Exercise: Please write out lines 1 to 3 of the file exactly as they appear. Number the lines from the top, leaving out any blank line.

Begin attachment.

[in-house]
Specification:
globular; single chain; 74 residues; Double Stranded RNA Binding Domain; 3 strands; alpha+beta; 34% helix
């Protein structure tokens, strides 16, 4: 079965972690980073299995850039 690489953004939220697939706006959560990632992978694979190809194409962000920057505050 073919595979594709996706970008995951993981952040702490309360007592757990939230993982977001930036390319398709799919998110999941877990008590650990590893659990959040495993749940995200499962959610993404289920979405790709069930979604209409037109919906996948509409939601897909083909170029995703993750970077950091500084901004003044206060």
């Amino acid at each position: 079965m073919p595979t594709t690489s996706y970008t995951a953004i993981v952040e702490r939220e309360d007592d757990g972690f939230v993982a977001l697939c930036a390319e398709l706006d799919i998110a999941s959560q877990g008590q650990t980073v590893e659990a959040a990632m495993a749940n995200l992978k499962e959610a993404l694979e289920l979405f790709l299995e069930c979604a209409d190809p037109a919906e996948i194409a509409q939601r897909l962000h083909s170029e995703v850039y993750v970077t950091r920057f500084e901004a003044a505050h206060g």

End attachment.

[in-house]
Specification:
globular; single chain; 74 residues; Double Stranded RNA Binding Domain; 3 strands; alpha+beta; 34% helix